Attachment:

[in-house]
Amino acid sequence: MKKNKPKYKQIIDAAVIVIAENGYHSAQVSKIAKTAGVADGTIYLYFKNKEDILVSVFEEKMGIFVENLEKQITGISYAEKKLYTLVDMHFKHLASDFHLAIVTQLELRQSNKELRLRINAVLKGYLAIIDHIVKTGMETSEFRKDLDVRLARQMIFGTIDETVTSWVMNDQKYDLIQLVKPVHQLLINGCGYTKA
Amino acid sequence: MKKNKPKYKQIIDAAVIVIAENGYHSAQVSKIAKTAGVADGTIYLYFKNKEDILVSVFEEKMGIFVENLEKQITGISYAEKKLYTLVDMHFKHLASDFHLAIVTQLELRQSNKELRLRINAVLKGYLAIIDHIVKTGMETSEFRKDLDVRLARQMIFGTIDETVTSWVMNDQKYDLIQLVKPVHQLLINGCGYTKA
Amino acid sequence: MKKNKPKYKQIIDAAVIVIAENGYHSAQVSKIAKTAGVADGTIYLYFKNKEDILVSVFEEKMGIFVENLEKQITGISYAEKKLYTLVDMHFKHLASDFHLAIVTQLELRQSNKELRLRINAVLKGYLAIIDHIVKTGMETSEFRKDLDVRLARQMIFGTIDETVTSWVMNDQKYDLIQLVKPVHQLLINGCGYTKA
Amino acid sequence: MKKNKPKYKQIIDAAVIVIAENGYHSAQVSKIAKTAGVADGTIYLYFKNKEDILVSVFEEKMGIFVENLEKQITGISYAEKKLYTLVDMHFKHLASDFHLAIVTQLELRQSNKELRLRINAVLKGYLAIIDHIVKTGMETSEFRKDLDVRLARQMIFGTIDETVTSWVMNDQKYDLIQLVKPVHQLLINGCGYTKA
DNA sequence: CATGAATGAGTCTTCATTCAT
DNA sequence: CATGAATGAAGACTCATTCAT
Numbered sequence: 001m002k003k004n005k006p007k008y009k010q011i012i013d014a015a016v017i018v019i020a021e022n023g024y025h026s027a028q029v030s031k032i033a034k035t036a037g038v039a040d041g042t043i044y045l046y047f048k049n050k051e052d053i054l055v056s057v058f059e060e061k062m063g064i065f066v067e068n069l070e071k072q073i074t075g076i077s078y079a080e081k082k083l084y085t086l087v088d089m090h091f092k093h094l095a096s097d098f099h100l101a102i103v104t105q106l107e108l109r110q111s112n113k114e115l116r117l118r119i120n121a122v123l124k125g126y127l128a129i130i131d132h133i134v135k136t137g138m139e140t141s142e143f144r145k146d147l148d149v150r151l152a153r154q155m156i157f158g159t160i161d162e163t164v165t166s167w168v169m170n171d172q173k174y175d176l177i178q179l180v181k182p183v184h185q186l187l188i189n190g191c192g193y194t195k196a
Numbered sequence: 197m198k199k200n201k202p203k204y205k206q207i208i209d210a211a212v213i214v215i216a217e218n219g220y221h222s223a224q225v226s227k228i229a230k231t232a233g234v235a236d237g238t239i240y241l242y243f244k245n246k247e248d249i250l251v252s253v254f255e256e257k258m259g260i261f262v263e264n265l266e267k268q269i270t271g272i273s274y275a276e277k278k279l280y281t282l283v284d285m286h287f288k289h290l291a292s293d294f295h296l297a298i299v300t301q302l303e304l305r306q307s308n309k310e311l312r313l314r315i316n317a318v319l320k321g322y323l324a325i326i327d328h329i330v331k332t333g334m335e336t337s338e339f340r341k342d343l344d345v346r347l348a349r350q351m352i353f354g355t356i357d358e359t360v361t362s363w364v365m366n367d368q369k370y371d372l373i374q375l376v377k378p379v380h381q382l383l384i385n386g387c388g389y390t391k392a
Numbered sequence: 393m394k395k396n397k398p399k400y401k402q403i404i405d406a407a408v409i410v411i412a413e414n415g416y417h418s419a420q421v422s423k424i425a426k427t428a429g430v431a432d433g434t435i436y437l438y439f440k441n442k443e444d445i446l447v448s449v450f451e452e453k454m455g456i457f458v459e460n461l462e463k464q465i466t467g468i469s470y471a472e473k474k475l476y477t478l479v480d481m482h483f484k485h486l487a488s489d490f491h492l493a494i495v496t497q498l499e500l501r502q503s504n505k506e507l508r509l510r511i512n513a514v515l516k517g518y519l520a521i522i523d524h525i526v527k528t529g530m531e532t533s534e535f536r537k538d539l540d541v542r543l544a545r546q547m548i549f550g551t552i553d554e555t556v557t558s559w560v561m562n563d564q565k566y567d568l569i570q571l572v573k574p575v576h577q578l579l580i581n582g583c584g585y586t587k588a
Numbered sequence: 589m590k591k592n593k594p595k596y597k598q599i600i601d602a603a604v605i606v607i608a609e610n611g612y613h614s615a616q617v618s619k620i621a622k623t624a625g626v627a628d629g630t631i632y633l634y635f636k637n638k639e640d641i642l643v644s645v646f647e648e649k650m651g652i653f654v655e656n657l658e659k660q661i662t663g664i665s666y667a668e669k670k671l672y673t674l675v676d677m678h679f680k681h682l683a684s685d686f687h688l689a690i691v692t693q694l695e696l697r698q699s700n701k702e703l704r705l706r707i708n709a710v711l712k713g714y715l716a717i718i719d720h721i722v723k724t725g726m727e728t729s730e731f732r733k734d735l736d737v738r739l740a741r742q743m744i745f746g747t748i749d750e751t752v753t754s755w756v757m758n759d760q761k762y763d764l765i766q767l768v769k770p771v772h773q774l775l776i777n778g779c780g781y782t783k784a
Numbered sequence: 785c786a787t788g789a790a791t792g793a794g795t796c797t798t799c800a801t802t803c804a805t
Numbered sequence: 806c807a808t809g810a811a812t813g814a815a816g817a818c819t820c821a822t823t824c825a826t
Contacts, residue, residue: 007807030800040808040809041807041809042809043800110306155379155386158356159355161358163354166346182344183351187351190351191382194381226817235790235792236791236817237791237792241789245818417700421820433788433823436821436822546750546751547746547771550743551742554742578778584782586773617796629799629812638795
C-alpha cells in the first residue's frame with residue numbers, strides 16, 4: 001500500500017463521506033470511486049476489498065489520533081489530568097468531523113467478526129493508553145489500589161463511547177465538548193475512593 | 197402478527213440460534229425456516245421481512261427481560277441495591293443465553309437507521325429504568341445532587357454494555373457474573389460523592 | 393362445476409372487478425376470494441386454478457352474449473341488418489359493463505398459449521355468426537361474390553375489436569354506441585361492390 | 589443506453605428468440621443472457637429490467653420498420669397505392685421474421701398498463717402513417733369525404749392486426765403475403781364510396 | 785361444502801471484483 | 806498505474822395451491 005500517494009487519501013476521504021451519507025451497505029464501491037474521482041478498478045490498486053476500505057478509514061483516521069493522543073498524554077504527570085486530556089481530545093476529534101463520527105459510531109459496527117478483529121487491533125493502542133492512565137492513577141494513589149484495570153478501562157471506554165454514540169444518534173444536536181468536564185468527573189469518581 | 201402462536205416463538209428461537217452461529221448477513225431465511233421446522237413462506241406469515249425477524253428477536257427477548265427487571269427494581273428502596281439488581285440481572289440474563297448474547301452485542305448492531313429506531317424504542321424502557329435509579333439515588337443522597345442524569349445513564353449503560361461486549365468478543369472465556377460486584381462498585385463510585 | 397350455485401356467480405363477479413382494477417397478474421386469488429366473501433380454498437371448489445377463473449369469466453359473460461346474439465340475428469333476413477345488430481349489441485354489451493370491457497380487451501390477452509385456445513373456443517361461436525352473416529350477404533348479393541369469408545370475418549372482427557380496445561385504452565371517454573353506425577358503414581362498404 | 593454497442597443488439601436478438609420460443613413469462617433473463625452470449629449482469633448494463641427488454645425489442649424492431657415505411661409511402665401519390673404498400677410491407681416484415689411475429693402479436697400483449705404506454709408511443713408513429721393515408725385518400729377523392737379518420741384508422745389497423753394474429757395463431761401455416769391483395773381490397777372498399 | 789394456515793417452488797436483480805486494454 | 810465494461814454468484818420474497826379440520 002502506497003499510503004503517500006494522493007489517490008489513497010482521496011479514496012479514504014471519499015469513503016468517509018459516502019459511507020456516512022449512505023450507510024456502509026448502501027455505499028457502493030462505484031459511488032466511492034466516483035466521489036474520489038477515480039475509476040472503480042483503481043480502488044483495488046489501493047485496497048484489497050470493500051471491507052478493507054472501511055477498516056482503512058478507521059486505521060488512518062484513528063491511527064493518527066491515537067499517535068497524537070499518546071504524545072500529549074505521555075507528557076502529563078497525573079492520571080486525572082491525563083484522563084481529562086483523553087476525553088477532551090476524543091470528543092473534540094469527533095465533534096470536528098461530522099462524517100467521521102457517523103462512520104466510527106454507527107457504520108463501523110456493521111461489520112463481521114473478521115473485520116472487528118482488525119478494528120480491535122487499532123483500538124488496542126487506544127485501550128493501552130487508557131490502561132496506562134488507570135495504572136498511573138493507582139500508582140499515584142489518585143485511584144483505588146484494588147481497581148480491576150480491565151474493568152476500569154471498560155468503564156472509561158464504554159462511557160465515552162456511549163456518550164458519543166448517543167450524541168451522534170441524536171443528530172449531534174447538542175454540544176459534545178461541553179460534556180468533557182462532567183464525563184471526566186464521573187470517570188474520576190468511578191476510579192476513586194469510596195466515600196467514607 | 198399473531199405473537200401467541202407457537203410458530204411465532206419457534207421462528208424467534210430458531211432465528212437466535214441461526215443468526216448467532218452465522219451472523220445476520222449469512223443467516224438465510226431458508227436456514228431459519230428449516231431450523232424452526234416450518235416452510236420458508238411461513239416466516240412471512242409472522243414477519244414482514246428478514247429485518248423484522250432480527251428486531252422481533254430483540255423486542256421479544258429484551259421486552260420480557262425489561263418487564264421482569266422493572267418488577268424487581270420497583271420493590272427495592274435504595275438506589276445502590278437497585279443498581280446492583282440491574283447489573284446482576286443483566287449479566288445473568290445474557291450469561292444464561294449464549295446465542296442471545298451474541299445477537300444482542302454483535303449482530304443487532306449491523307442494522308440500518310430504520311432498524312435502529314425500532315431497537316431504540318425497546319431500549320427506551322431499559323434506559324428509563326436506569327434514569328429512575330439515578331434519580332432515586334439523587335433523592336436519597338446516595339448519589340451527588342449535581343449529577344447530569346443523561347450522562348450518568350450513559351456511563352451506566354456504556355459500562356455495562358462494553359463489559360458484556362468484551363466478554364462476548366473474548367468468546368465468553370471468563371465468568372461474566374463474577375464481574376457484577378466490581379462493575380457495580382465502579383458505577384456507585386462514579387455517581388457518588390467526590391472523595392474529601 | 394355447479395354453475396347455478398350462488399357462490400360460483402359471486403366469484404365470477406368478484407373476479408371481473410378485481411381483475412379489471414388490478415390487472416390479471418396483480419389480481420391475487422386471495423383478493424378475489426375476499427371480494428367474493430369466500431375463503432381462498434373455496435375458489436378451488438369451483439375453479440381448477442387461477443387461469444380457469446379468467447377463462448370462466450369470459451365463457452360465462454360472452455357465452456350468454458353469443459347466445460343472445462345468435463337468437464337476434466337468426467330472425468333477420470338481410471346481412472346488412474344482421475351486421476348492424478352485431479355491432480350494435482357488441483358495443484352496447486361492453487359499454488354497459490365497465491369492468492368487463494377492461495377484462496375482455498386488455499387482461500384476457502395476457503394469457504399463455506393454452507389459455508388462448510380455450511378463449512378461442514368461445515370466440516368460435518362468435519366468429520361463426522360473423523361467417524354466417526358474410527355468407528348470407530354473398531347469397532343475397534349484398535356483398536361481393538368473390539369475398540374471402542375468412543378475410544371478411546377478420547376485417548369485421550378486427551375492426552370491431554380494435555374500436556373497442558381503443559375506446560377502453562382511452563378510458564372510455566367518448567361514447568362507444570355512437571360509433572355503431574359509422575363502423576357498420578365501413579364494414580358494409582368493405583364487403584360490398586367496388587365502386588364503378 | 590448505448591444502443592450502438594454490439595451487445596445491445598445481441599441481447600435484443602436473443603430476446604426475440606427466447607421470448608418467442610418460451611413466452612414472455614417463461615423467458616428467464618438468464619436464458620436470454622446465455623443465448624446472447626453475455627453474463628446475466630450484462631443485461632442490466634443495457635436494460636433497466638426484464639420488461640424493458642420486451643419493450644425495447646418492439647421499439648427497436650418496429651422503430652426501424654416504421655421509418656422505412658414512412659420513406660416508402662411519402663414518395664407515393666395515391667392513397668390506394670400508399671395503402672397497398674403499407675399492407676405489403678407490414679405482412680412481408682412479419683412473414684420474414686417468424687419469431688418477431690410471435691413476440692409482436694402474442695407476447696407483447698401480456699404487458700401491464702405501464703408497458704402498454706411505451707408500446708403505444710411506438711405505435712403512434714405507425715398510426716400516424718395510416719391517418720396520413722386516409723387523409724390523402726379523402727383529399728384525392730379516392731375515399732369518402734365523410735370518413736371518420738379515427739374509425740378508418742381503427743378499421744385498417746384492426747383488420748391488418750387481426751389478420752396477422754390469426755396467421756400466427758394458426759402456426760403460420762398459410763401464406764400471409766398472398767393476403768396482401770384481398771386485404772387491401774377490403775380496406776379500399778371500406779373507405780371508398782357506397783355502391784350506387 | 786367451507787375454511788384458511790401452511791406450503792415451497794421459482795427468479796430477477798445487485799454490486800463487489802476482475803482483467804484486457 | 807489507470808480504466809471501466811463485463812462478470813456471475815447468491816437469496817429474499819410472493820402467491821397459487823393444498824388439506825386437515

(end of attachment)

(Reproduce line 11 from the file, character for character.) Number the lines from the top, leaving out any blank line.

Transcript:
Numbered sequence: 589m590k591k592n593k594p595k596y597k598q599i600i601d602a603a604v605i606v607i608a609e610n611g612y613h614s615a616q617v618s619k620i621a622k623t624a625g626v627a628d629g630t631i632y633l634y635f636k637n638k639e640d641i642l643v644s645v646f647e648e649k650m651g652i653f654v655e656n657l658e659k660q661i662t663g664i665s666y667a668e669k670k671l672y673t674l675v676d677m678h679f680k681h682l683a684s685d686f687h688l689a690i691v692t693q694l695e696l697r698q699s700n701k702e703l704r705l706r707i708n709a710v711l712k713g714y715l716a717i718i719d720h721i722v723k724t725g726m727e728t729s730e731f732r733k734d735l736d737v738r739l740a741r742q743m744i745f746g747t748i749d750e751t752v753t754s755w756v757m758n759d760q761k762y763d764l765i766q767l768v769k770p771v772h773q774l775l776i777n778g779c780g781y782t783k784a